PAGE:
28 November 2012
Ngāpuhi Speaks - Pakeha Perspective
Tauiwi Treaty educators welcome independent observers report on Ngāpuhi Nui Tonu claim
Network Waitangi Whangarei spokeswoman Moea Armstrong said the independent treaty education group was honoured to be
asked to co-publish the independent observers report that was launched on November 28.
She said the Ngāpuhi evidence vindicated the work of Māori, Pakeha, and Tauīwi treaty educators over the past 40 years.
“This report clarifies for New Zealanders the truth about the treaty, which first must be heard and acknowledged by
governments and citizens if we are to move forward together as a nation.”
“We salute the speakers who brought their ancestors’ world and words into the 21st Century for us to understand, and the
commissioners of this report for their strength in upholding the mana of the covenants, and for speaking truth to power
about the inherent bias in the settlement process.”
She said the information on the evolution in the early 1800s of Te Wakaminenga o Nga Hapū o Nū Tīreni, and their
Declaration of Independence, He Wakaputanga, will come as news to most New Zealanders. “This is the history book we need
all our children to study and understand. We can’t know where we’re going as a nation without knowing where we’ve come
She said Ngāpuhi had given the Waitangi Tribunal another chance to back one treaty - to give the country the opportunity
to ‘get on the same page’ and have a real conversation together into the future. “Talking past each other, and the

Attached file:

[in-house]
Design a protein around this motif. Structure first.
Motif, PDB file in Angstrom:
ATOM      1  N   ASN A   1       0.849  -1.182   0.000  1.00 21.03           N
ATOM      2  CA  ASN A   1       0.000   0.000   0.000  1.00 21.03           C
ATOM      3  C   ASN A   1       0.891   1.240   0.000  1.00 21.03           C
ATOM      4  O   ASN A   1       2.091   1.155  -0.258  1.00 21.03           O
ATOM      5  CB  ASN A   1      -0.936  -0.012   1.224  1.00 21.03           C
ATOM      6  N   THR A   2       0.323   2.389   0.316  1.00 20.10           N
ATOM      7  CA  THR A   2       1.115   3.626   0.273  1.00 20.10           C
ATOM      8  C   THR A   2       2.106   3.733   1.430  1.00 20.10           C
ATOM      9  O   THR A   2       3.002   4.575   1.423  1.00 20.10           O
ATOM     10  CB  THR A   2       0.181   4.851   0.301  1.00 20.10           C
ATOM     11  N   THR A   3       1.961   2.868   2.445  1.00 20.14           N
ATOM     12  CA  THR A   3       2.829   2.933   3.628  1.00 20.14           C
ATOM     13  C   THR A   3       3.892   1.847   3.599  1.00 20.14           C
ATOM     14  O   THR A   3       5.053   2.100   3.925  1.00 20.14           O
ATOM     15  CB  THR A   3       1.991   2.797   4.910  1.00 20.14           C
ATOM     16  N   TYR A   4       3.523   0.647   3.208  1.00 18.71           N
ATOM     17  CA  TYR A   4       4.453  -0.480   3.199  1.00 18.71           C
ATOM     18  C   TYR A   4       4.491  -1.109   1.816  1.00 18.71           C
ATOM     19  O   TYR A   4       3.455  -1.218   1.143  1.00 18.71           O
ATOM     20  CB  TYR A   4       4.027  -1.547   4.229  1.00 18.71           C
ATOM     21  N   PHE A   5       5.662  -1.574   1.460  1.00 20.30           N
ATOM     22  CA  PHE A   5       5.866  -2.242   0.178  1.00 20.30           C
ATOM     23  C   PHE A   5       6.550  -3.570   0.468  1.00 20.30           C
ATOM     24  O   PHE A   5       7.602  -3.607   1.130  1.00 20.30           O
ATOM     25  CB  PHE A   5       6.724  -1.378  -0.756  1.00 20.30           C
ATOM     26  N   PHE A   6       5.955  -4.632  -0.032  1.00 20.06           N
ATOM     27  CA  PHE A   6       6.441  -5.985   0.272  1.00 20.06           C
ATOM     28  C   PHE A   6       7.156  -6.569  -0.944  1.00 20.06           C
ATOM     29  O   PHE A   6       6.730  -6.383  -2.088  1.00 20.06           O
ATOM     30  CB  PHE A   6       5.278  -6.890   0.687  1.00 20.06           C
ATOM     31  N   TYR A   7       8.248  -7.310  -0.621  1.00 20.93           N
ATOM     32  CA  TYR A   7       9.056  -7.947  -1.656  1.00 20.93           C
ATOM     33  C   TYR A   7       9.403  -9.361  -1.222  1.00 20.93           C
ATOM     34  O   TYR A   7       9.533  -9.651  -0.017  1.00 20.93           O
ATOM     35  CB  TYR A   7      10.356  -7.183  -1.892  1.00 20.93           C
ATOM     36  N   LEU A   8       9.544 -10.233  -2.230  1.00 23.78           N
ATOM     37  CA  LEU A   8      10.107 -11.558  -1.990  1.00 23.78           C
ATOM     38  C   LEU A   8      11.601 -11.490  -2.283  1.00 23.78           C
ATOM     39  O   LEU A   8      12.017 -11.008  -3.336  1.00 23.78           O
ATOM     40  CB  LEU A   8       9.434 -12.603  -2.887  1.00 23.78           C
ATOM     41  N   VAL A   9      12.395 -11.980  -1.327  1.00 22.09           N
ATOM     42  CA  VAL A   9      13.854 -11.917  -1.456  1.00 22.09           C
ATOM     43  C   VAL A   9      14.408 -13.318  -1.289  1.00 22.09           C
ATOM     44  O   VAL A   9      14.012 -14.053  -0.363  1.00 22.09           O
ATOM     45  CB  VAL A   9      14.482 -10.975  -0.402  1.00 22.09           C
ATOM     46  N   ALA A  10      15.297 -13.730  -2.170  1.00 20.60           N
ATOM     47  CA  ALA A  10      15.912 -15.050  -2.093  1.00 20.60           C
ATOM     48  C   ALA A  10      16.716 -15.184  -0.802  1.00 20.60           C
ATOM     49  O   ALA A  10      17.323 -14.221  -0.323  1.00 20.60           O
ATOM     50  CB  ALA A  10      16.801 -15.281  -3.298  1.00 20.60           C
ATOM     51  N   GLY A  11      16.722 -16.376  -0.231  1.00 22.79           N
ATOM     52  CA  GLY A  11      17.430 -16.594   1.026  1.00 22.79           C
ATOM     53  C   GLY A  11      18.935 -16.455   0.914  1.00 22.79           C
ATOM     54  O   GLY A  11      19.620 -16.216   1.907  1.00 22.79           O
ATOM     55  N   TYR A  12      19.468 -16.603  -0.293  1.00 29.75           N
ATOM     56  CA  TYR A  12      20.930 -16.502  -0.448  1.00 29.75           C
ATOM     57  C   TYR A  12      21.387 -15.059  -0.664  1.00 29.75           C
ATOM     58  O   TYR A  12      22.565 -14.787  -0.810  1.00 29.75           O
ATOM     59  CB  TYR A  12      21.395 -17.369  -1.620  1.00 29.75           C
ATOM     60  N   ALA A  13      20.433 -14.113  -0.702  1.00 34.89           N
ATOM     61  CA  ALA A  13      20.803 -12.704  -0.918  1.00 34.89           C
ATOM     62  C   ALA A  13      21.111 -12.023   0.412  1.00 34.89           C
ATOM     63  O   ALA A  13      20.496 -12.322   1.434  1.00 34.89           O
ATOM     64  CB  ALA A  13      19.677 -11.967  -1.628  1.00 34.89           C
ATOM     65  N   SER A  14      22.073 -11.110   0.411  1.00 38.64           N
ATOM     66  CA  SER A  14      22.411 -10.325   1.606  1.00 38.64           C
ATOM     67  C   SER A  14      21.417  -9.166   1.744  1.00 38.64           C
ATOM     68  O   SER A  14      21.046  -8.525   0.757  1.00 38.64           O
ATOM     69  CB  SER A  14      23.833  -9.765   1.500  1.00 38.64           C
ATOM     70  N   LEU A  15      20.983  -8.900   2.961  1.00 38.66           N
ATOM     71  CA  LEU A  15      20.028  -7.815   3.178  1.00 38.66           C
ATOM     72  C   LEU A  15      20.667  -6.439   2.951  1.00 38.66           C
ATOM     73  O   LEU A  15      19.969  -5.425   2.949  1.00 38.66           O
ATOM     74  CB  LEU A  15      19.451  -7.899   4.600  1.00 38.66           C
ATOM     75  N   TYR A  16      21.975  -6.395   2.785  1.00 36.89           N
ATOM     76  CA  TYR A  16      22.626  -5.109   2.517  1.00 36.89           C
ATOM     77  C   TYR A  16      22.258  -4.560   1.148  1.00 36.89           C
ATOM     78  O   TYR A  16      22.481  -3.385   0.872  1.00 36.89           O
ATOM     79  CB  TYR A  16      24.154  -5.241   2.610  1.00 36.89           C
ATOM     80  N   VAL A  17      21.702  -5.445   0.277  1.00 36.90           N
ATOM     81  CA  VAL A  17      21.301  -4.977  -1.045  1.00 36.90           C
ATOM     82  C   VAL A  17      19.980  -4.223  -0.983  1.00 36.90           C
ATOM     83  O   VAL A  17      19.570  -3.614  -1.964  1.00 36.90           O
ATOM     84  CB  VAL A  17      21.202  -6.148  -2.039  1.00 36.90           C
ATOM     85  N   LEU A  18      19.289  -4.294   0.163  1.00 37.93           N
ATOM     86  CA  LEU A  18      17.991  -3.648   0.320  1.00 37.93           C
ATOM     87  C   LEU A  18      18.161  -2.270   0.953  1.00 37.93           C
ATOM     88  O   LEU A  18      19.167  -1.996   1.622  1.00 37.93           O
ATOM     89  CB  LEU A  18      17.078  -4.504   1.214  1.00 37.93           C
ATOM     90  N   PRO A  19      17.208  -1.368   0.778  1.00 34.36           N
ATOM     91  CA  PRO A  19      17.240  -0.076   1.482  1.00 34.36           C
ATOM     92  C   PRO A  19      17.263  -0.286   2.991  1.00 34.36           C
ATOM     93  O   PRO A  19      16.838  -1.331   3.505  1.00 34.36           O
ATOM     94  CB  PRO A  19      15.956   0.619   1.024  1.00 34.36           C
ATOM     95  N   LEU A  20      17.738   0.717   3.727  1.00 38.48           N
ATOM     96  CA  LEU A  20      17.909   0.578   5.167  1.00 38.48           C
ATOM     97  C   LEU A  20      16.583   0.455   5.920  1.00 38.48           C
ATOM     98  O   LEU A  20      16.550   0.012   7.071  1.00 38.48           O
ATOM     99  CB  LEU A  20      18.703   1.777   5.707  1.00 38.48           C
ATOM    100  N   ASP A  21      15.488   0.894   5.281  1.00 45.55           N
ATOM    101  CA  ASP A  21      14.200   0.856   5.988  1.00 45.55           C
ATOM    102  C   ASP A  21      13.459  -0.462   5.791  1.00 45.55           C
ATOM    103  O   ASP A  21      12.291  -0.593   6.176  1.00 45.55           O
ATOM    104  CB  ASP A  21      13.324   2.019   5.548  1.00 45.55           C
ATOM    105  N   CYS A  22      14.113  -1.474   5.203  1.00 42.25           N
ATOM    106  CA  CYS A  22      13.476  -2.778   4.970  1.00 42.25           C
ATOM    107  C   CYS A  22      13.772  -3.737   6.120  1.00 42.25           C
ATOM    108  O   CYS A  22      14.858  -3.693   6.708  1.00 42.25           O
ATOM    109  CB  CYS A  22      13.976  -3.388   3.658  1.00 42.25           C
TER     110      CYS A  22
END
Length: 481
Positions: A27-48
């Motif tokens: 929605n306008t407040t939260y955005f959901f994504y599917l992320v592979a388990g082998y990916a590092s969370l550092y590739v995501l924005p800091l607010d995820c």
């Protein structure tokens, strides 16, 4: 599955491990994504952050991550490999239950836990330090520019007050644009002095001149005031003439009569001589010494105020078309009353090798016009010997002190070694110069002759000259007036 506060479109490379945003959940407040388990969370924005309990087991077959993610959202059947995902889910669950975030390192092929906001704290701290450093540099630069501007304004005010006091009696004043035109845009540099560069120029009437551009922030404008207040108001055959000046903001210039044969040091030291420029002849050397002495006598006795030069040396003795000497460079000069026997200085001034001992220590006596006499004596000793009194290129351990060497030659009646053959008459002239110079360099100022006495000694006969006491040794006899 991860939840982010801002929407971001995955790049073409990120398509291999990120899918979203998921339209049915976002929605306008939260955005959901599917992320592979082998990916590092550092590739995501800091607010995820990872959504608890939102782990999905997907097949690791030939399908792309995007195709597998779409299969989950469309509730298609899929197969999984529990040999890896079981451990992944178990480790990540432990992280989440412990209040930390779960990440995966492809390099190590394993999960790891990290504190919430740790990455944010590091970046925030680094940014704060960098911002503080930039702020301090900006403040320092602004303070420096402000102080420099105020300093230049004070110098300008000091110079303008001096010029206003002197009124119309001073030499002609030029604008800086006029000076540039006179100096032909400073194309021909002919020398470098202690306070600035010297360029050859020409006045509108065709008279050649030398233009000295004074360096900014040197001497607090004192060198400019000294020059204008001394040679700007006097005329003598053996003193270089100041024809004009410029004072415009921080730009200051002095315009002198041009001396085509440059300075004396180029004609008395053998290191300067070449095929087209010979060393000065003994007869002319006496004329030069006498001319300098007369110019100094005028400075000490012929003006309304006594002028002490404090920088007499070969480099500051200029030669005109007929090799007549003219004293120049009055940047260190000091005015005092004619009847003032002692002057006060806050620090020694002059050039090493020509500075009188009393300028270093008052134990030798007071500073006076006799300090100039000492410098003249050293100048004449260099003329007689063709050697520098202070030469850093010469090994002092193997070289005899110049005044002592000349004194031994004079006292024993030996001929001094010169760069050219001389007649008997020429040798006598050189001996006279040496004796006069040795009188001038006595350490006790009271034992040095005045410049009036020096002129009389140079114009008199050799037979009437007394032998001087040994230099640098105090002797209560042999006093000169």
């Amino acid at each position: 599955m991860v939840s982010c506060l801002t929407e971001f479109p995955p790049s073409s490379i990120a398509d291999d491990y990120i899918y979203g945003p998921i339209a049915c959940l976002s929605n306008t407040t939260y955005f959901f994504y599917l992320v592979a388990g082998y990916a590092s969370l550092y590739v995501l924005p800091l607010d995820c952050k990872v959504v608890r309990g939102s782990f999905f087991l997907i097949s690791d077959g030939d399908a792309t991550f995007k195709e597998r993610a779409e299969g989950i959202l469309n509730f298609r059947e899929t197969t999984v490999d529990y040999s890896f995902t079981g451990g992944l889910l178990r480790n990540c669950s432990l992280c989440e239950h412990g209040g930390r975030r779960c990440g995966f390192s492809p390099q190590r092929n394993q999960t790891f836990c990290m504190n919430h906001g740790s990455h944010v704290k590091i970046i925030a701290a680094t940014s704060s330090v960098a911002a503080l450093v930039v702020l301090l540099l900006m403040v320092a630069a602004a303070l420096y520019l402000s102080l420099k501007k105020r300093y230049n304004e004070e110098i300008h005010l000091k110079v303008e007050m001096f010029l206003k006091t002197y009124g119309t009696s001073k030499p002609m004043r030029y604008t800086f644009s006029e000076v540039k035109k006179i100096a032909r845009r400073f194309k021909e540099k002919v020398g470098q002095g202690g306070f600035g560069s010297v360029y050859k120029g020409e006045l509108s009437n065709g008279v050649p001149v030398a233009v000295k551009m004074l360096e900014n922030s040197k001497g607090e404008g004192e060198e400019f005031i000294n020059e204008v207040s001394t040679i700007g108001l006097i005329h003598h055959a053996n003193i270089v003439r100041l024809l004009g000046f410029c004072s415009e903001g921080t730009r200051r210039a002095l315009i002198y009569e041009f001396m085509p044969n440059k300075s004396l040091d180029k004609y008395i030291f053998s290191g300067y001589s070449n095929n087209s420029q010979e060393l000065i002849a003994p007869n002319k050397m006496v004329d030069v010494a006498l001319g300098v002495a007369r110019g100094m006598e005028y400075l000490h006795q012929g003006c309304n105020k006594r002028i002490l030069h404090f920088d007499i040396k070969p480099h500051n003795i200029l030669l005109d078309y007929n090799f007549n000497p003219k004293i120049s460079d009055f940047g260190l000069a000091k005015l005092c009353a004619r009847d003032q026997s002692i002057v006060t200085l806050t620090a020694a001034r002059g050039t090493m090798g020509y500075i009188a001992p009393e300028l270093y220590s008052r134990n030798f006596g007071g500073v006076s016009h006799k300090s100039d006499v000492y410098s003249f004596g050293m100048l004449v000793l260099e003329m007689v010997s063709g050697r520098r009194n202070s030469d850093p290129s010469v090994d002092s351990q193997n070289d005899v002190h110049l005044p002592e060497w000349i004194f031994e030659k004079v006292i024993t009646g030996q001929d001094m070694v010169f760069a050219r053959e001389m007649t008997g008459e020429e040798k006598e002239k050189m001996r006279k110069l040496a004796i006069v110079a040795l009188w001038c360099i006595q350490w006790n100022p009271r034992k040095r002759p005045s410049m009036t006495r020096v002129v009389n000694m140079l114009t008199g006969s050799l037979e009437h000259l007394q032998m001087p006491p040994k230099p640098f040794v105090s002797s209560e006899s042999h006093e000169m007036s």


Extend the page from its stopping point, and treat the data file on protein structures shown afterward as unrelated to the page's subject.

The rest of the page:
outsized English version panel at Te Papa, can now go.”
“The members of the first Tribunal in 1975 could have refused to try to merge the two contradictory documents, and made
determining a primary text their first job. They didn’t, because the Act that created them instructed that they give
equal weight to both. In retrospect that was a mistake which has cost us a lot of time and energy.”
She said the report was required reading before embarking on conversations about constitutional change.
“We can now stop trying to fudge constitutional issues by clinging to the English text. It’s time to let it go as the
historical curiosity it is. It has served a nefarious purpose by wrongfully portraying the real treaty as either a
cession of sovereignty or a cession of governance. That just didn’t happen.”
“The sooner we are all on the same page, the better the debates around implementing the treaty this century will be, and
the easier we will find the constitutional change dialogue.” She said New Zealand had led the world in other major
social changes and ratifying the United Nations Declaration on the Rights of Indigenous Peoples was our next challenge.
“The panel’s recommendations are clear and fair. Carrying them out will bring us closer together and help us toward the
peaceful prosperity for both cultures that Te Tiriti envisaged. New Zealanders have nothing to fear from acknowledging
Te Tiriti, and everything to gain.”
“We’ve come a long way in the nearly 60 years since the first edition of ‘Ask That Mountain’ was written. If anyone is
still waiting for an answer, ‘Ngāpuhi Speaks’ is it.”